Breadcrumbs won’t do it
This morning, Ol’ Myrt’s Google Alert for “family history” provided the following note:
“Man learns more about family through a church record book
Huntington Herald Dispatch - Huntington,WV,USA
“I made copies for my personal family history collection and plan to donate a copy to the Genealogy Department of the Allen County Public Library in Ft. Wayne, Indiana.”
Of course that prompted me to think about the importance of sharing what we find with others. Since those “others” may not yet have been bitten by the genealogy bug, we need to place our genealogies in places where those “future researcher” cousins are likely to stumble across our hard work.
Hopefully, one of those “others” will be able to find Dolly Yockey’s parents, if I don’t solve the mystery in my lifetime.
PREPARING YOUR WORK
- Cite sources (there is that phrase again!)
- Link photos of ancestors
- Include a minimum of 2 proof documents linking each generation
- Link period photos and sketches of the town’s main street
- Include period maps – of the county showing the place of residence and of the country/world showing migration
- Include descriptions by noted historians of the place and time when your ancestors lived
- Photograph and describe heirlooms
- Document tombstones
- Include a written analysis of conflicting evidence, and state your conclusion.
So where does Ol’ Myrt recommend placing copies of your genealogy?
ONLINE (There are other choices, but these are the usual & customary sites)
- FamilySearch www.FamilySearch.org (then click the “Search” tab)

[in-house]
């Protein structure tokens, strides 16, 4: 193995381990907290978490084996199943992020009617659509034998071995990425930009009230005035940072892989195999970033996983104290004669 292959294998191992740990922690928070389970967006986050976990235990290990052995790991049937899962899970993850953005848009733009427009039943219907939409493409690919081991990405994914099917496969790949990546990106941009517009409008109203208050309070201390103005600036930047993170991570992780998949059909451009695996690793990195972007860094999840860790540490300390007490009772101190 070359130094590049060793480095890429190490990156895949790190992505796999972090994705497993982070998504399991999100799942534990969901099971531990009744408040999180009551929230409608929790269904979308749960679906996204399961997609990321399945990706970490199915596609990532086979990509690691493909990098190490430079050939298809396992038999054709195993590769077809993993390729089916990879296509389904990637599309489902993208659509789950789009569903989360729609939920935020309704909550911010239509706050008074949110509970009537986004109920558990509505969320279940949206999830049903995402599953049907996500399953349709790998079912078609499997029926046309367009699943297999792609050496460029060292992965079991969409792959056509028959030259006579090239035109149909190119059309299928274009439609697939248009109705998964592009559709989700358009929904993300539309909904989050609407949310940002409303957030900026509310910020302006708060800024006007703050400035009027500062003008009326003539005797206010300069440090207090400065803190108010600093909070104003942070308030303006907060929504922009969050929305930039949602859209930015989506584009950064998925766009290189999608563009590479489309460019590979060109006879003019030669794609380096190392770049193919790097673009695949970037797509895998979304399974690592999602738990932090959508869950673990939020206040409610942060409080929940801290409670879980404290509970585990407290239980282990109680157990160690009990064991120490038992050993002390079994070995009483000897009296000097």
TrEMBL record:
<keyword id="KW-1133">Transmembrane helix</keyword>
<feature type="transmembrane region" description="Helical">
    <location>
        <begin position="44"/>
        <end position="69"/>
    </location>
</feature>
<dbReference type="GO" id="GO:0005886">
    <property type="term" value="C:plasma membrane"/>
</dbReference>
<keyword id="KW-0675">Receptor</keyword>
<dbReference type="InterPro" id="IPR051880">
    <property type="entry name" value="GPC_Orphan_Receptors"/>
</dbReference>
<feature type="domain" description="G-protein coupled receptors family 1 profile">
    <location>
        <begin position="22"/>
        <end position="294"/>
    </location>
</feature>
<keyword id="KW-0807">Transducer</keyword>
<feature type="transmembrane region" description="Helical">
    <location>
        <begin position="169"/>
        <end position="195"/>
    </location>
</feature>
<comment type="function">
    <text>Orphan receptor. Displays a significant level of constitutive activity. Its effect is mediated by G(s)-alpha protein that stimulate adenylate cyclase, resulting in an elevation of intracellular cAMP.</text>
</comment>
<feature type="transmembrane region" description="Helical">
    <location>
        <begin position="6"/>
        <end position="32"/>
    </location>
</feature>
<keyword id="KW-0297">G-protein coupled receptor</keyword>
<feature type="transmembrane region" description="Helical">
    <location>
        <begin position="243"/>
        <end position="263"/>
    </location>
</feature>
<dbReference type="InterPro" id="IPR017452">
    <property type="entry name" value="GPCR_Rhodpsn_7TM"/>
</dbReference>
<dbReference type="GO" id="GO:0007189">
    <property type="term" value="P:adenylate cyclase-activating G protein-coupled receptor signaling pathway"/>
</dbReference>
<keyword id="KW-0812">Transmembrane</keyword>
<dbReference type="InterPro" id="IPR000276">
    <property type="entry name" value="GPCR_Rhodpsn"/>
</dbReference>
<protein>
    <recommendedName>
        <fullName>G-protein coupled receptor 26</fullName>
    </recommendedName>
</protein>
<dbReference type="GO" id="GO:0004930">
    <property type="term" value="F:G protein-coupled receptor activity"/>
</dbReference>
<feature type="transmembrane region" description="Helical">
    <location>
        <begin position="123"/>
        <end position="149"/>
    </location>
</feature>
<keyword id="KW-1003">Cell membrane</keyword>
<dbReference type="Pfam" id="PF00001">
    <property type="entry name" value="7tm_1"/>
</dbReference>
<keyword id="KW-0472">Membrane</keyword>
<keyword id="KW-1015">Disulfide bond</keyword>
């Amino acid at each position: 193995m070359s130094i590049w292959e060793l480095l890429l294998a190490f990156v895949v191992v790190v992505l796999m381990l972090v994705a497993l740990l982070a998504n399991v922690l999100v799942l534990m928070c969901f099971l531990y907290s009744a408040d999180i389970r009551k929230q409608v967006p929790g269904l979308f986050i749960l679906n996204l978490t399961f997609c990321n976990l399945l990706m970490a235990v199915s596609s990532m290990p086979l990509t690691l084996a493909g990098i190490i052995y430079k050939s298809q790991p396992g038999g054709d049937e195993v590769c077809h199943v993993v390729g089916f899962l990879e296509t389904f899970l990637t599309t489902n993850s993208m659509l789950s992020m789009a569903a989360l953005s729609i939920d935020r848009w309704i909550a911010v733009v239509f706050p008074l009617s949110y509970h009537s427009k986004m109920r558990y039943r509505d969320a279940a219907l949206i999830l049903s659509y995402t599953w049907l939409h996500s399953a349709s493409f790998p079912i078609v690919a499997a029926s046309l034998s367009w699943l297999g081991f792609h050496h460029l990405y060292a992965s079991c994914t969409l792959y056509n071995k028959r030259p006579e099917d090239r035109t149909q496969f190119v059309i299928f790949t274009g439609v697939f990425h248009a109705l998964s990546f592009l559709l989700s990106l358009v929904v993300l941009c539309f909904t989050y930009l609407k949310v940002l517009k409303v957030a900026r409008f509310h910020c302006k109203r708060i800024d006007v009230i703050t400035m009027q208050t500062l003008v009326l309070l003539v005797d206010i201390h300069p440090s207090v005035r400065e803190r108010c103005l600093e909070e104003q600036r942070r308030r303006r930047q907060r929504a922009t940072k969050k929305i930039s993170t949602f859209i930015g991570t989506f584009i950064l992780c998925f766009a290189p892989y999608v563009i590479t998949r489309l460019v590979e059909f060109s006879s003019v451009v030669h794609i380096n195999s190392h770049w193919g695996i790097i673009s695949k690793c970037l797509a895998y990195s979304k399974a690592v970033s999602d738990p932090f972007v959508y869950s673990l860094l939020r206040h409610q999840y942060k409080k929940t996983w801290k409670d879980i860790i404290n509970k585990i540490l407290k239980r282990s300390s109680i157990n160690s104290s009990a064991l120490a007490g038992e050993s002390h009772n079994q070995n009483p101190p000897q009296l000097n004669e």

- RootsWeb.com World Connect http://worldconnect.rootsweb.com
- Your family’s website, blog or genealogy wiki
- RootsWeb.com Message Boards www.RootsWeb.com ~ Make a reference including a link to the above referenced collections on message boards at RootsWeb.com. Choose the top ten or fifteen surnames. Include descriptive paragraphs then Copy/paste the link where you’ve uploaded the info to FamilySearch, RootsWeb or your family’s website.
- The library in the town/county where your ancestors lived
- The state library where your ancestors lived
- The national library where your ancestors lived
- Family History Library, Salt Lake City, Utah
Leaving a compiled genealogy for others to find isn’t a matter of leaving breadcrumbs (a la Hansel & Gretel) or M&Ms (a la ET). If the goal is to leave our compiled family histories where other researchers will find them, then let’s place them in main-stream, well-regarded genealogy collections both on and off the net.
Happy family tree climbing!
Your friend in genealogy.
(c) 2007 Pat Richley All Rights Reserved.